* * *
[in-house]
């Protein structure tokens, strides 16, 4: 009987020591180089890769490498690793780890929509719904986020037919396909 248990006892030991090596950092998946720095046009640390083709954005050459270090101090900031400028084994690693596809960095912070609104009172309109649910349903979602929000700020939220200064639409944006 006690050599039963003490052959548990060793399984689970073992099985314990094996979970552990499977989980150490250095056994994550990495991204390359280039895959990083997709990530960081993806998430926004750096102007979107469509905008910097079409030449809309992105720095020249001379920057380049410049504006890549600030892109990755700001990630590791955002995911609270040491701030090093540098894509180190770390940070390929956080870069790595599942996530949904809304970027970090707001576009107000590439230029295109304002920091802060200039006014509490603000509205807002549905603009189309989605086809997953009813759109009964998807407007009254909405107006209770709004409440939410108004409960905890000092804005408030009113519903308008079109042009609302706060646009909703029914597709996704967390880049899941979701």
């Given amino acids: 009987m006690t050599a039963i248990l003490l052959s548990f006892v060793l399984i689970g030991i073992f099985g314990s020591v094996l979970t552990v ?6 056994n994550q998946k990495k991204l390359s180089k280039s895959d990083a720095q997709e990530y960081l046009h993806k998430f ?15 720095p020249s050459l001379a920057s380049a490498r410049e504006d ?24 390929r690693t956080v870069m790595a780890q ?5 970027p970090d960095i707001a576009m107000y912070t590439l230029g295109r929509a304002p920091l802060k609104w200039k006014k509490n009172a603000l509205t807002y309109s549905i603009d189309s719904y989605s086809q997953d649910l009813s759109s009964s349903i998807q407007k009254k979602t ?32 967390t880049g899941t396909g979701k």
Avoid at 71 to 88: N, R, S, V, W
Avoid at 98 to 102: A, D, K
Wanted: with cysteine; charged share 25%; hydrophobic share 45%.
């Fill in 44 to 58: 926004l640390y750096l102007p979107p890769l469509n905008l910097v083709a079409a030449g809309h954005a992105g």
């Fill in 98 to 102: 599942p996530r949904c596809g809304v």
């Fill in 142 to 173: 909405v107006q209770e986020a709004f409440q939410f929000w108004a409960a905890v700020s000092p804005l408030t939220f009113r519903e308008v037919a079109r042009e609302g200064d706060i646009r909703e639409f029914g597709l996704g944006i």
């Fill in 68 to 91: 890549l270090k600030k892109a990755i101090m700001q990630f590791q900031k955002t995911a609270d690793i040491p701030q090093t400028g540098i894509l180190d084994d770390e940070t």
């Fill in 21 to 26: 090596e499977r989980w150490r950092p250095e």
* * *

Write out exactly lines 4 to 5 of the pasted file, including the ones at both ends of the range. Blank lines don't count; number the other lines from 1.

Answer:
Avoid at 71 to 88: N, R, S, V, W
Avoid at 98 to 102: A, D, K